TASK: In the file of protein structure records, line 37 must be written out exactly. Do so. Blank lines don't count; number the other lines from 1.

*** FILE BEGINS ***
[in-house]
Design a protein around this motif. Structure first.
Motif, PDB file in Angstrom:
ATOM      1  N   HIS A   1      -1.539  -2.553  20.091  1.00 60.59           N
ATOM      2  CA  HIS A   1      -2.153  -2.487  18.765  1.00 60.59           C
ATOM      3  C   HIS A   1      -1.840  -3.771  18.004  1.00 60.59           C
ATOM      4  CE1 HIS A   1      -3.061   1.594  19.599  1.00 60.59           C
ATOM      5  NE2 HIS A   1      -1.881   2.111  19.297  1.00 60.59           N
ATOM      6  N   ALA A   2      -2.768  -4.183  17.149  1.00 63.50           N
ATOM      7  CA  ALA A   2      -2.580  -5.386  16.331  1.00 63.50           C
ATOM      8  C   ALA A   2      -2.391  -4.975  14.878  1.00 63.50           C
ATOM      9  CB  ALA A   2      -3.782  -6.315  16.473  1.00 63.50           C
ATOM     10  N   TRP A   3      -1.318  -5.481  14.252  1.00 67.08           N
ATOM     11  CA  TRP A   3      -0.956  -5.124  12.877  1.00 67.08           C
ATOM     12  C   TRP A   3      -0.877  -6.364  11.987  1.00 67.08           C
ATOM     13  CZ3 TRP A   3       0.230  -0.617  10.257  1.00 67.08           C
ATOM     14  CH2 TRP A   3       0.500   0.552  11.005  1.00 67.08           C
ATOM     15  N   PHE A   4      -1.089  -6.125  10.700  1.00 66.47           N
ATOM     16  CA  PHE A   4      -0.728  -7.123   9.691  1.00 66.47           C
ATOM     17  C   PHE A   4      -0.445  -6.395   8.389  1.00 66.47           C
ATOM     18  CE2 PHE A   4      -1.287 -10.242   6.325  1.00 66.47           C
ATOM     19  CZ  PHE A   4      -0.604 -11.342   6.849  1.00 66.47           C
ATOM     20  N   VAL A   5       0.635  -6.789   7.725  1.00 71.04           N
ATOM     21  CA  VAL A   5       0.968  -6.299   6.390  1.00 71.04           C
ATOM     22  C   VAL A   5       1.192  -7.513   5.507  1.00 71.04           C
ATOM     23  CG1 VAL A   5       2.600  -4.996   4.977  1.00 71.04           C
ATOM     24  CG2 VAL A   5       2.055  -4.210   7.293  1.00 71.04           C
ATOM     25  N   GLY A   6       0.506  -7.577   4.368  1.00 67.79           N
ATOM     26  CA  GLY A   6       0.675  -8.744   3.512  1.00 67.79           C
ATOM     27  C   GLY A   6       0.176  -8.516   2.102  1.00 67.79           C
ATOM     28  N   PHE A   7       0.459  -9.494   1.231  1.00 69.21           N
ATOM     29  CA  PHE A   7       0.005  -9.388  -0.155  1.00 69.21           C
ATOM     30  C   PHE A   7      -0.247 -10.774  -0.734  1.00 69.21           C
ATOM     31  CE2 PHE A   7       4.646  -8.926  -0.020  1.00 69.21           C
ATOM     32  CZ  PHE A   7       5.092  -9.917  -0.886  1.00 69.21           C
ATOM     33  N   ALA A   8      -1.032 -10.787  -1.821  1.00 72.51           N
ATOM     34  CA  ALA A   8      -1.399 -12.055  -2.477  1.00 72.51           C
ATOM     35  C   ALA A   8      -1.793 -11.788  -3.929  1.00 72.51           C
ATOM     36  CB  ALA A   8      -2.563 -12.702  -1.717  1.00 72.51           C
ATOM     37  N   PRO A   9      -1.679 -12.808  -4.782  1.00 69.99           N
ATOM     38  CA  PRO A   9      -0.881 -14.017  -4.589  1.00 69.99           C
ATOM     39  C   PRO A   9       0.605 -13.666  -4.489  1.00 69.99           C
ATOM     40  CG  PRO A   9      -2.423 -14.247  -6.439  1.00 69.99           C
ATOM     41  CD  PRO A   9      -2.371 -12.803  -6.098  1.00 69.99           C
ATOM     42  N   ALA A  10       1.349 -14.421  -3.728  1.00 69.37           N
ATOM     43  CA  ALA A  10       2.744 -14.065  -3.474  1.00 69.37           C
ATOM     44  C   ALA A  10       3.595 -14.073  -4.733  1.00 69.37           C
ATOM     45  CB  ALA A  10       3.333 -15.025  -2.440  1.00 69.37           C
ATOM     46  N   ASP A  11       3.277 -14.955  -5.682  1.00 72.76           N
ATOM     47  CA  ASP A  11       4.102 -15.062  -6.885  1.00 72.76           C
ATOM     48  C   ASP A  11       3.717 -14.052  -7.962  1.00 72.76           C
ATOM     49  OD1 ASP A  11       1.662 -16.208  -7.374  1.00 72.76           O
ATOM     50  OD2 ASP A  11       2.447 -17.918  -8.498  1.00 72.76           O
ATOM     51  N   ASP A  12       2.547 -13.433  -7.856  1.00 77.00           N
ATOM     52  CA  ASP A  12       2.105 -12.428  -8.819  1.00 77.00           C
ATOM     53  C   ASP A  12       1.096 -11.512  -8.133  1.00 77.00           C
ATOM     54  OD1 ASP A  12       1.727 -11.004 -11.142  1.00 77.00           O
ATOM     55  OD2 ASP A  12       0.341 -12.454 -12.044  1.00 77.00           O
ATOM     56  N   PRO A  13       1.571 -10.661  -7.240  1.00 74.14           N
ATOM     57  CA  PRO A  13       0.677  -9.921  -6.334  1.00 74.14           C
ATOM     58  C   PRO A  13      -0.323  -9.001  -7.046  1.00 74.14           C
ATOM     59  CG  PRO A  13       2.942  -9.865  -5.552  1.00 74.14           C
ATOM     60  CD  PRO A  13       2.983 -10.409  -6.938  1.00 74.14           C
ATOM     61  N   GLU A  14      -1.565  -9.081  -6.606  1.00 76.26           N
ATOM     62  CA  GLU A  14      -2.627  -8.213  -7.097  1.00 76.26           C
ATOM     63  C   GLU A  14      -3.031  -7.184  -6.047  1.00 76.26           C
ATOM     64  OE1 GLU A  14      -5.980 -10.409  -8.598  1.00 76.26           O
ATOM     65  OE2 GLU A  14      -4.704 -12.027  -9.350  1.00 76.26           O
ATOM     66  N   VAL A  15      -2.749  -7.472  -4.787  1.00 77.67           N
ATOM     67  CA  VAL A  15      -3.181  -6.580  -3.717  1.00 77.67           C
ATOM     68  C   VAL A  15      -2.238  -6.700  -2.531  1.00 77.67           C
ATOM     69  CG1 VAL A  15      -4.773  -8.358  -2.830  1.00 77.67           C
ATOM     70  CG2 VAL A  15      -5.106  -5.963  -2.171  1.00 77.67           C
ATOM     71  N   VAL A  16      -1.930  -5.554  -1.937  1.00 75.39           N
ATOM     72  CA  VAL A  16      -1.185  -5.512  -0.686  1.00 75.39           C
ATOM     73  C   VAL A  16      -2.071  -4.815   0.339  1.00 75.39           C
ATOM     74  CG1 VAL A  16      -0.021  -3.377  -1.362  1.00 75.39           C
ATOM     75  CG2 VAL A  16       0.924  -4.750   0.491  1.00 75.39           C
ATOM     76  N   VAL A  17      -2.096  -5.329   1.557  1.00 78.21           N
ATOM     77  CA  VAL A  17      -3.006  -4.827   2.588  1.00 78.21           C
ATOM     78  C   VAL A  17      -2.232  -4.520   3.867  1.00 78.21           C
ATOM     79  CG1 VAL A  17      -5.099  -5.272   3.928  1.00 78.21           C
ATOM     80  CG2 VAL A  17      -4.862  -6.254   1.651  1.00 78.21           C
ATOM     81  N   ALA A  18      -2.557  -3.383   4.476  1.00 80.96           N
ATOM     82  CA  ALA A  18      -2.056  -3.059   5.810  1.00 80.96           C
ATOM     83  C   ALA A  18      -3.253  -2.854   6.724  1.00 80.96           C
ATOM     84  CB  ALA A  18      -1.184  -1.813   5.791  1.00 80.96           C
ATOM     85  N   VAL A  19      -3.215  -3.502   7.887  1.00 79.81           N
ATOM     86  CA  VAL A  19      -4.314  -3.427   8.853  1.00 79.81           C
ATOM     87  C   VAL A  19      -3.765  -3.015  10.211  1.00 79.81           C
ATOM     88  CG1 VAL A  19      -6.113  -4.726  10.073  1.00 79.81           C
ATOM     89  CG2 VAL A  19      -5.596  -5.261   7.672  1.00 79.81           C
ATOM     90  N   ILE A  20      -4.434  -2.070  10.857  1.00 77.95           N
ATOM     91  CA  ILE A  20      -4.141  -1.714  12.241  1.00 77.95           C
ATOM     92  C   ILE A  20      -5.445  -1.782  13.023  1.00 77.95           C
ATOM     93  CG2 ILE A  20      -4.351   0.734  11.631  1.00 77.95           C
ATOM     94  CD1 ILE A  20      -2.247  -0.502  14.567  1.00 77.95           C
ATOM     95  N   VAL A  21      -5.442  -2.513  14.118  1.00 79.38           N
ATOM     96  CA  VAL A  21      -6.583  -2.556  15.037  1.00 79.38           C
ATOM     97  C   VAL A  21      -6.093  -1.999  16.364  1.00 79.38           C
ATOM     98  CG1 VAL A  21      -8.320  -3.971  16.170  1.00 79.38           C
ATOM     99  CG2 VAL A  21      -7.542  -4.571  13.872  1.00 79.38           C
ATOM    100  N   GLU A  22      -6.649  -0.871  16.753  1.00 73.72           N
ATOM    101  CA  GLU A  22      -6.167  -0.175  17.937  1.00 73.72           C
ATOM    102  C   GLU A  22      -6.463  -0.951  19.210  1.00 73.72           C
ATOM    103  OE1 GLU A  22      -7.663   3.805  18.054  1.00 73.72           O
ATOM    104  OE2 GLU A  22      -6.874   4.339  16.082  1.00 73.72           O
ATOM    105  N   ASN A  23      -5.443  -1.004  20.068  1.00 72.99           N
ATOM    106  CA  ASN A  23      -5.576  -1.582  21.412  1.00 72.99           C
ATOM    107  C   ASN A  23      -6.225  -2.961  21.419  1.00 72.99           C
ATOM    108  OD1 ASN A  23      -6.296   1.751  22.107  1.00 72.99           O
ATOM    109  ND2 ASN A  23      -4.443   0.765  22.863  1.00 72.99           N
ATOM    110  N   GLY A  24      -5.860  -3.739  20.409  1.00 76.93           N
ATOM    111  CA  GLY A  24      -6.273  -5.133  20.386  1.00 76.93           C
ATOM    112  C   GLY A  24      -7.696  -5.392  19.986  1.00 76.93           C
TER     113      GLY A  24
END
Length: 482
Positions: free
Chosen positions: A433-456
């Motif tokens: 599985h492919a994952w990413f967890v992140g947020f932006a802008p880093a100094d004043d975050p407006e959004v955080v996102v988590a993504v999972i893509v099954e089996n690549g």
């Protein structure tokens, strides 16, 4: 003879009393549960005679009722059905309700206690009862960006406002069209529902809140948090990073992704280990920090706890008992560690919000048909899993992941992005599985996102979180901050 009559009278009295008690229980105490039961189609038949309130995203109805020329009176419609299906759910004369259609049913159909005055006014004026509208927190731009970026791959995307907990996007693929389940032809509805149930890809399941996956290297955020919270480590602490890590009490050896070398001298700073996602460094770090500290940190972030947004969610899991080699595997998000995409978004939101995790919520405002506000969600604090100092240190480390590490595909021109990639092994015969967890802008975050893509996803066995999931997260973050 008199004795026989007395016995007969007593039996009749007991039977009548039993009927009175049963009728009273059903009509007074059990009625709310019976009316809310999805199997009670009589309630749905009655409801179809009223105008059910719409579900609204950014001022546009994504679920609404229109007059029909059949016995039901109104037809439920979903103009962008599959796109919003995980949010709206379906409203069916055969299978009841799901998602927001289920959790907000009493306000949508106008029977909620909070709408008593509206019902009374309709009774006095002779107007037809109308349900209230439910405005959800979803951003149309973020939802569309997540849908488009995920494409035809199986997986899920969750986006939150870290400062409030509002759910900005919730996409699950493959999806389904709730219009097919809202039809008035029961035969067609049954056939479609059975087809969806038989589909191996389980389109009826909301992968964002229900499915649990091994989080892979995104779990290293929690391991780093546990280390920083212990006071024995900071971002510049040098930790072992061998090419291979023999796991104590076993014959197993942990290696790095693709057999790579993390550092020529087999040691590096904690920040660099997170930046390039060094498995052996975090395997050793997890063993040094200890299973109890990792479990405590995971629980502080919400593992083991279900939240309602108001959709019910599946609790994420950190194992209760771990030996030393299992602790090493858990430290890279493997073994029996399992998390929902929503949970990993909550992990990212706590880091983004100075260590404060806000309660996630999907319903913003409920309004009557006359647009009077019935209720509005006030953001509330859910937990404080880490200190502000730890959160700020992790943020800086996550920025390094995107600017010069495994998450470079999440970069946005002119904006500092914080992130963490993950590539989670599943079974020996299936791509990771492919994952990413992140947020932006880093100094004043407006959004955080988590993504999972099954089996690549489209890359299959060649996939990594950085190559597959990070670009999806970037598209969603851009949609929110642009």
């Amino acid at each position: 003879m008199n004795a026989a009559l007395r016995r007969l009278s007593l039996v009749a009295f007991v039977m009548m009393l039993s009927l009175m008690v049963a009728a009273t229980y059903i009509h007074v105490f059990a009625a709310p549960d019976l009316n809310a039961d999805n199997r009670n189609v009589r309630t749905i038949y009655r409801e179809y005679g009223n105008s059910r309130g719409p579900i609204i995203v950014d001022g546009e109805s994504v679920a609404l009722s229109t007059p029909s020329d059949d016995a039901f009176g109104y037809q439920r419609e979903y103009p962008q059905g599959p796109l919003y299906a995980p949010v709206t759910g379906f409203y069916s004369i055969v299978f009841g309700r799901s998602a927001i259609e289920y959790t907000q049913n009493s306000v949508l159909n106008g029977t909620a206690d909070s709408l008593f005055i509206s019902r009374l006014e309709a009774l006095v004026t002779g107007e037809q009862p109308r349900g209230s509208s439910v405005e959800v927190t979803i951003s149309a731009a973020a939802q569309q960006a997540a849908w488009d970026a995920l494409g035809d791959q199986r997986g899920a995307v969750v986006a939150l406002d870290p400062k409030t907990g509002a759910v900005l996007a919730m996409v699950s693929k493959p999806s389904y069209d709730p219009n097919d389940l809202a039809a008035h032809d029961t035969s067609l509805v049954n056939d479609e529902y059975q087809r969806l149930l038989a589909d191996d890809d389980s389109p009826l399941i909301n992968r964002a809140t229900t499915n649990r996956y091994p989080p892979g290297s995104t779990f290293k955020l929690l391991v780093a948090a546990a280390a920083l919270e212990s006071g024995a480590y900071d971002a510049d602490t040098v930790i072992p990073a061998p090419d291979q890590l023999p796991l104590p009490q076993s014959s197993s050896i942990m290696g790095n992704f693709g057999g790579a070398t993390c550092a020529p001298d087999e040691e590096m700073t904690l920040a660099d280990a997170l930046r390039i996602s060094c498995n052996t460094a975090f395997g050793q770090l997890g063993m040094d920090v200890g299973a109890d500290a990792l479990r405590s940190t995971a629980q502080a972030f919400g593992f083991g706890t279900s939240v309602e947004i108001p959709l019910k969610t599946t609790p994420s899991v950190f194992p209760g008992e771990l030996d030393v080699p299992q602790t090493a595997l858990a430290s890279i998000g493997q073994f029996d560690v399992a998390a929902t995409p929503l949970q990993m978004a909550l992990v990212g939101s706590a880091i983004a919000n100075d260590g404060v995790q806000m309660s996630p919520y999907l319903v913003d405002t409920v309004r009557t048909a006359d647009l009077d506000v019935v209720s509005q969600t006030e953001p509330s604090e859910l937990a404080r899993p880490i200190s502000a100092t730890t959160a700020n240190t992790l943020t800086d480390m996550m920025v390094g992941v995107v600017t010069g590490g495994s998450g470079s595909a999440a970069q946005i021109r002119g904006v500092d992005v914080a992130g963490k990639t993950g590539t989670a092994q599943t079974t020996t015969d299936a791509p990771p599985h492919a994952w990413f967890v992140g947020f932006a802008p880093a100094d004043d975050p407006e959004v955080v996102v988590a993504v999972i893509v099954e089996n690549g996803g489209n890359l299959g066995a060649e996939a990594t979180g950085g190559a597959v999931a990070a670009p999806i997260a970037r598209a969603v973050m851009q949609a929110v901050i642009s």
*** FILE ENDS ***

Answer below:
ATOM     34  CA  ALA A   8      -1.399 -12.055  -2.477  1.00 72.51           C